Tangent: Thank God I majored in Russian- it’s how I got into Georgetown. I was the only female in the country to applied to be a Russian major in 1996. Learning that tidbit my sophomore year was stunning.

HOT TAKE- This is also why I defend Millennials- they are calling out crappy systems all over the place and I’m not mad about it.

This is what makes democracy so thrilling- punching up. Speaking truth to power, and power RESPONDING. That never happened in Soviet Russia!

But truth has ALWAYS been a fuzzy idea at best. One set of facts, two interpretations= two truths. This isn’t new.


Few things are more American than HATING cheaters. Problem is, cheating isn’t always black and white. This is what makes Lance Armstrong’s story so infuriating- it was TOTALLY out of bounds, it was egregious. Our perception of/reaction to Maria Sharapova though? That’s questionable.

What Lance Armstrong did was totally out of bounds, but he’s a professional athlete. Paid MILLIONS of dollars, faked thousands of drug tests. There’s no arguing that what he did was ok, it wasn’t. But it’s widespread, everyone is doing it, so much so that many high-level sports are kind of a joke, frankly. Like the Soviet Bloc Olympic Athletes of the 80s...ha, or today. (At the same time- do you really think these athletes are or were in a position to say no?). The system is broken- WADA has no teeth, why WOUDLN’T everyone do what Lance was doing? (if you watch TDF going on right now, everyone seems to be like, ‘WELL THEY ALL ARE!”)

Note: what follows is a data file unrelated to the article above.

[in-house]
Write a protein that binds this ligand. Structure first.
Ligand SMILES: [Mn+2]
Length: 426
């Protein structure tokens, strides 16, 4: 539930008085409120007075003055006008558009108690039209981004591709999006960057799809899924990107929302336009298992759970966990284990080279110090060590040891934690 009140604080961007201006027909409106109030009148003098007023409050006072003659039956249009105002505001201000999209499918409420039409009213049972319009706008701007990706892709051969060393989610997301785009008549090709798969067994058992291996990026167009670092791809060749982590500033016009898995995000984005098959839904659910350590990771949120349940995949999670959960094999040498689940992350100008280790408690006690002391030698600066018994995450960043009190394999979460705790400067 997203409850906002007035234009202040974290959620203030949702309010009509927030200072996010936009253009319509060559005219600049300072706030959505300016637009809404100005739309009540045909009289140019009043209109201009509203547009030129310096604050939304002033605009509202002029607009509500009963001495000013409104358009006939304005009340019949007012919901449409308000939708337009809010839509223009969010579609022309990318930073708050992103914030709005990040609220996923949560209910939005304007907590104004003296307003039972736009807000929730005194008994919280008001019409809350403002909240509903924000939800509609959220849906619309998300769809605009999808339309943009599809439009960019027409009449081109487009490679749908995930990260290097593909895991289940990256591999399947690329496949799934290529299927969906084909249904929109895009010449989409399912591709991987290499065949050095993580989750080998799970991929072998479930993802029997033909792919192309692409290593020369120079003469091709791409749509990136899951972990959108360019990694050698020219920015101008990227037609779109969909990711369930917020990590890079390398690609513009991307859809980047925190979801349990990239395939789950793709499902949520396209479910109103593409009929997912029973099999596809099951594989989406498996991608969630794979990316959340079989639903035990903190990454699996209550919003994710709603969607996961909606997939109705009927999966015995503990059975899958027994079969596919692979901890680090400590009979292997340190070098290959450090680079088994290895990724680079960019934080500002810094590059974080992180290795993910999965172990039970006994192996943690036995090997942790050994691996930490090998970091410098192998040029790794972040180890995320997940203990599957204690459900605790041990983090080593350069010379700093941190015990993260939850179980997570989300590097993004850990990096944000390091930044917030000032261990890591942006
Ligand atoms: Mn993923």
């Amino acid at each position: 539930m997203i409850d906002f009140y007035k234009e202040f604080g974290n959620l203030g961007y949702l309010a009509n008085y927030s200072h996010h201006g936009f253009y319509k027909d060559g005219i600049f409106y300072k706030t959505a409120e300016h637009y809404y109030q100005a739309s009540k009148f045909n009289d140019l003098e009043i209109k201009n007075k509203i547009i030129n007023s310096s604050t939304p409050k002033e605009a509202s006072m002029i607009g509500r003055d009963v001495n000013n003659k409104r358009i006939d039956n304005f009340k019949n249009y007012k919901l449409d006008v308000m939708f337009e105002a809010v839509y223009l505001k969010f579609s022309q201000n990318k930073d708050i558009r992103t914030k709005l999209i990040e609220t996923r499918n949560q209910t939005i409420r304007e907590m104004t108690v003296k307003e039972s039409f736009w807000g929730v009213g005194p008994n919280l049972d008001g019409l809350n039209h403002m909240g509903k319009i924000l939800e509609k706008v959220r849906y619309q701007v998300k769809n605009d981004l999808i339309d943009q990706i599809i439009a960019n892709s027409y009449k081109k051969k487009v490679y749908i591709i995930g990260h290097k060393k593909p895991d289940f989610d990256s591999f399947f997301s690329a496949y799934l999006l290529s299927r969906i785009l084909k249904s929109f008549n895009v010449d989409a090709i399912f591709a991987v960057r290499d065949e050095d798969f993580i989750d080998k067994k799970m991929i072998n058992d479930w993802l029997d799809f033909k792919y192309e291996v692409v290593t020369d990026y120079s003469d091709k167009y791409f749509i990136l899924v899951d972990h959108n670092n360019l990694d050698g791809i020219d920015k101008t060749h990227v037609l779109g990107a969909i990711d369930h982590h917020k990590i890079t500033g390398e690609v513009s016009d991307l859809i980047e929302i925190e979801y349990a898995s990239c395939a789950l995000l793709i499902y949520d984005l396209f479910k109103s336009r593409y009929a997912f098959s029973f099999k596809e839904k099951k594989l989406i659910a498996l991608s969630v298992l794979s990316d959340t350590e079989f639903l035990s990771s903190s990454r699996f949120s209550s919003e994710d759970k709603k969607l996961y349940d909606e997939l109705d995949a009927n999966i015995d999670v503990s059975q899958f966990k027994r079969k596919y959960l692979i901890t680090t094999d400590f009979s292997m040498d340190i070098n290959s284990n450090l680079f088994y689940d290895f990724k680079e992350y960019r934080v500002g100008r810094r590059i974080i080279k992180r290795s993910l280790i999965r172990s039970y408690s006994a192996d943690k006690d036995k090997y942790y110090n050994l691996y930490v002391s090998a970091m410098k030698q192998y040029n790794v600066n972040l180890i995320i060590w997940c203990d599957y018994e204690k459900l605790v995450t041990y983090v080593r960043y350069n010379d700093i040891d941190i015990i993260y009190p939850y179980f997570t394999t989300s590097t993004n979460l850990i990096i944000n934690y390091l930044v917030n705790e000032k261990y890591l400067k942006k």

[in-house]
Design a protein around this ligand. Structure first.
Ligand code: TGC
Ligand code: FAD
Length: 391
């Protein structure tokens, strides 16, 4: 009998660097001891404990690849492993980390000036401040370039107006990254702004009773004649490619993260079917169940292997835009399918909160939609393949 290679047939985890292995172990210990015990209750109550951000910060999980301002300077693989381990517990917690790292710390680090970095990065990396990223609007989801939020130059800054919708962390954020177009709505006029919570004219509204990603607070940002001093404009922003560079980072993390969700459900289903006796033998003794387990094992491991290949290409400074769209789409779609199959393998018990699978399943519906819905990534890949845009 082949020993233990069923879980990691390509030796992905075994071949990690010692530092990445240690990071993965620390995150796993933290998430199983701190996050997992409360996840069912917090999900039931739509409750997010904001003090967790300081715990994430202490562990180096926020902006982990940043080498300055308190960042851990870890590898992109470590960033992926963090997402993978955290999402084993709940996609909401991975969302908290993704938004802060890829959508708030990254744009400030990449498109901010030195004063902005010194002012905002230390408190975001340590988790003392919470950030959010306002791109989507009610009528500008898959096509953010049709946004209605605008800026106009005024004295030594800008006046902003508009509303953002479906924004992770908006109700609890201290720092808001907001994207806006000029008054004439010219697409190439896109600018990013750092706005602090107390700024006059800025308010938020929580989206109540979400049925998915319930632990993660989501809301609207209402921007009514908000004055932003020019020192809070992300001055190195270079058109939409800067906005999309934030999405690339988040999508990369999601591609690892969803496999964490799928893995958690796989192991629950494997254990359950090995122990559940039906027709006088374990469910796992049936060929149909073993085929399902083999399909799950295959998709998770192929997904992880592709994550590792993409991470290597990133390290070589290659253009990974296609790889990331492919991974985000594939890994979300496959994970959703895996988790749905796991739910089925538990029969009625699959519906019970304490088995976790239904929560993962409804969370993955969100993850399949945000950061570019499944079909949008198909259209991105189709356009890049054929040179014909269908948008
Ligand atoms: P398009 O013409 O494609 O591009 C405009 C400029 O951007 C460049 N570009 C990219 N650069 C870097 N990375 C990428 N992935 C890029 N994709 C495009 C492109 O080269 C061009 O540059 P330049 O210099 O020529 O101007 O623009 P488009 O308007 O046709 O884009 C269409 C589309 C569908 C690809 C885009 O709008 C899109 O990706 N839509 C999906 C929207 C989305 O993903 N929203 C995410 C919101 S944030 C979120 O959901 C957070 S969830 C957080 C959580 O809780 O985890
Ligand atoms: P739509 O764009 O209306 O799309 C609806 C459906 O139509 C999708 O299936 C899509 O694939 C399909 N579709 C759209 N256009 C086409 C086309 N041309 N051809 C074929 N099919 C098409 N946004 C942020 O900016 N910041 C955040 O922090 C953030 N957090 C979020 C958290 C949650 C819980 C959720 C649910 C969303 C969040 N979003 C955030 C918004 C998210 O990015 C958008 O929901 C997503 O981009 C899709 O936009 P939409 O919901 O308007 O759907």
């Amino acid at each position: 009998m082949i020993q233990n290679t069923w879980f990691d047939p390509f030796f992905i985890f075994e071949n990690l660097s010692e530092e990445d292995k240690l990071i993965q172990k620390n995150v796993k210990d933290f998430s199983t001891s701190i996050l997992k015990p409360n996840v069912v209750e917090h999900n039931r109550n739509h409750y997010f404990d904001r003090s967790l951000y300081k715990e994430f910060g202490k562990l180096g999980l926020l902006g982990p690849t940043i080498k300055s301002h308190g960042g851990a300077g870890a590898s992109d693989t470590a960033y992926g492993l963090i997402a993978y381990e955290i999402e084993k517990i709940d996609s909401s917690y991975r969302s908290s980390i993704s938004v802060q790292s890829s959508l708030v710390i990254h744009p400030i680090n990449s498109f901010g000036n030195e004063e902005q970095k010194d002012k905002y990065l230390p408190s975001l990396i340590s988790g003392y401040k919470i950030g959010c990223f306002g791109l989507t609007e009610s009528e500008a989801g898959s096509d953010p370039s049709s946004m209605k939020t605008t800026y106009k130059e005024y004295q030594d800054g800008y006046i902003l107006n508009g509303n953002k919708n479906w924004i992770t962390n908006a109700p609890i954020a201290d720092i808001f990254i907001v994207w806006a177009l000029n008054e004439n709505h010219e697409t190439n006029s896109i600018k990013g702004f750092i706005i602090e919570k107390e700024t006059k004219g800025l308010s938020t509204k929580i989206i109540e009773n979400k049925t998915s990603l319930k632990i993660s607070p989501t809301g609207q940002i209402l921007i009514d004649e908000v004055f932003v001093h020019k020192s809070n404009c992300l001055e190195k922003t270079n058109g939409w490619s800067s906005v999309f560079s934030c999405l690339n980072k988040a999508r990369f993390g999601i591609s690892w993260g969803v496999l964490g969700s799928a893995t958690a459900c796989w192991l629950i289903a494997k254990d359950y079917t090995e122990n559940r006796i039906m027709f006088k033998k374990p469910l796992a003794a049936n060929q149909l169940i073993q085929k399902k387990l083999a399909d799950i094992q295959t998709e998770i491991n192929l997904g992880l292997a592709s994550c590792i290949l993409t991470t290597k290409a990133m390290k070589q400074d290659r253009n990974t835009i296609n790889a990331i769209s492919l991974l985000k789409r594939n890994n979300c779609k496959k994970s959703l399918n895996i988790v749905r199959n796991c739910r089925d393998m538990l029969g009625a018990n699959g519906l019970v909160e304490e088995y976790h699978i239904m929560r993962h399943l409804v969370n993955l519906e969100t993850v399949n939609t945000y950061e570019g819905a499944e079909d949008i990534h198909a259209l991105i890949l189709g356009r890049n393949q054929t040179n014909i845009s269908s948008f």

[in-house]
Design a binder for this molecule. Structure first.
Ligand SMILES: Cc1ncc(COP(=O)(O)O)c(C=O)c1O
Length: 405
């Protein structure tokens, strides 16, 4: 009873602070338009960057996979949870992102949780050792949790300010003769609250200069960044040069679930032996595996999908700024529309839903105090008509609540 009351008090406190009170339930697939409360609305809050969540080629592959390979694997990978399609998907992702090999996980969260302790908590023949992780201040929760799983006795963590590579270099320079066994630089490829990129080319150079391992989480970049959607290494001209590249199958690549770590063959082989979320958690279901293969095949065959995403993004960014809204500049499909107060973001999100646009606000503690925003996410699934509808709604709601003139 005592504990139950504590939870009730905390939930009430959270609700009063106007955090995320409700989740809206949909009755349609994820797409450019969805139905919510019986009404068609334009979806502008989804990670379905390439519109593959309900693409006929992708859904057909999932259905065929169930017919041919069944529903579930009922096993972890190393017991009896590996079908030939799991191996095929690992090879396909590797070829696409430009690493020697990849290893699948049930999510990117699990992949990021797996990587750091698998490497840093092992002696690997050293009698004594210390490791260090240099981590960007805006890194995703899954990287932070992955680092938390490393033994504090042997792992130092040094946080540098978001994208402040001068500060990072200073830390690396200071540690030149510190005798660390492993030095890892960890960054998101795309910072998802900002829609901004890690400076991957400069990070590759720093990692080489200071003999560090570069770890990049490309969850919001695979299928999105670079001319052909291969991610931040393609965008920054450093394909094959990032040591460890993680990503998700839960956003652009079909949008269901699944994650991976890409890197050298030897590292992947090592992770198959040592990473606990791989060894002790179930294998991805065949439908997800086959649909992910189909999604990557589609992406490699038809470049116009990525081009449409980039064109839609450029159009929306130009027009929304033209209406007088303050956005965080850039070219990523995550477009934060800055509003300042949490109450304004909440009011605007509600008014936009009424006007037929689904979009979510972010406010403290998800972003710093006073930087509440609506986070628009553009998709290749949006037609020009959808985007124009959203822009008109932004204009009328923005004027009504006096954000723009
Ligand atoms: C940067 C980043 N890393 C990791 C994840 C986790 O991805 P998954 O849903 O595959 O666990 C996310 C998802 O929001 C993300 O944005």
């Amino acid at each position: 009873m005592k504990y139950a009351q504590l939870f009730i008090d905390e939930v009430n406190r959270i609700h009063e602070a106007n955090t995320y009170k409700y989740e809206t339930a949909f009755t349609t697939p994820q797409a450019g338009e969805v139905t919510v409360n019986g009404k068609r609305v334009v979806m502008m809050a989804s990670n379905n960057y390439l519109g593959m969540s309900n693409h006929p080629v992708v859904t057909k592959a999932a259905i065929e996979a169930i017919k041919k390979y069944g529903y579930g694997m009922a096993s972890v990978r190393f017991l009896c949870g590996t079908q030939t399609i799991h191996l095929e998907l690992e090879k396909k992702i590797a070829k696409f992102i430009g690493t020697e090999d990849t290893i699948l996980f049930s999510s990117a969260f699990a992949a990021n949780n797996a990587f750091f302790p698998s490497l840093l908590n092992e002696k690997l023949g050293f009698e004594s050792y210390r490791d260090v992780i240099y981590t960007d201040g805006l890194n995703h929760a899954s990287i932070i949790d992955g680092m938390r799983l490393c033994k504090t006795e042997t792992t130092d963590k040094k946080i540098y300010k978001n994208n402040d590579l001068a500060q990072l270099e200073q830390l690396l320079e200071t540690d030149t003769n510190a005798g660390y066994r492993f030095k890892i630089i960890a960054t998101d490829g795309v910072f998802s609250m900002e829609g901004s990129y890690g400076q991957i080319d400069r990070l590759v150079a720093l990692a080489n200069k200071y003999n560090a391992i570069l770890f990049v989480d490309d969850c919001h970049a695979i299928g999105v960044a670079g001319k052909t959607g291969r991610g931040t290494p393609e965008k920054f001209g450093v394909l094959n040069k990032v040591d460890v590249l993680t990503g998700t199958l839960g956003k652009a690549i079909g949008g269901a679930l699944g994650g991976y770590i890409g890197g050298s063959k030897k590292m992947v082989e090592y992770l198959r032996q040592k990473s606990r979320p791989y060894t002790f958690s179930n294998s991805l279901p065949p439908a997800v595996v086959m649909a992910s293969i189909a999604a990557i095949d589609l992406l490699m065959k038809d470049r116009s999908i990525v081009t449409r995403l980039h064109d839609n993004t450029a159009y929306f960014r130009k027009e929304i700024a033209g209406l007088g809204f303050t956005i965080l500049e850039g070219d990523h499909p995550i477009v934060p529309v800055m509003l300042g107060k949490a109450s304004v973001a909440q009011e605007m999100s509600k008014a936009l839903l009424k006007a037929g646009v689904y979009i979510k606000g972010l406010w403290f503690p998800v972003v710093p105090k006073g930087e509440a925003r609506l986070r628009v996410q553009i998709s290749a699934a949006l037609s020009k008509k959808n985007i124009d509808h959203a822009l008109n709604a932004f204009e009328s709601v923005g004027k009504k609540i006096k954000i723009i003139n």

What does doping look like if a drug is medically necessary?

“In higher doses, Haggerty said, meldonium can serve as a performance-enhancer. Because Sharapova was taking a prescribed dose for health purposes, he said he would probably request a minimal penalty from the I.T.F.”

Is her story totally implausible, or do we just not like her? How much cognitive dissonance did we employ to keep believing in Lance Armstrong?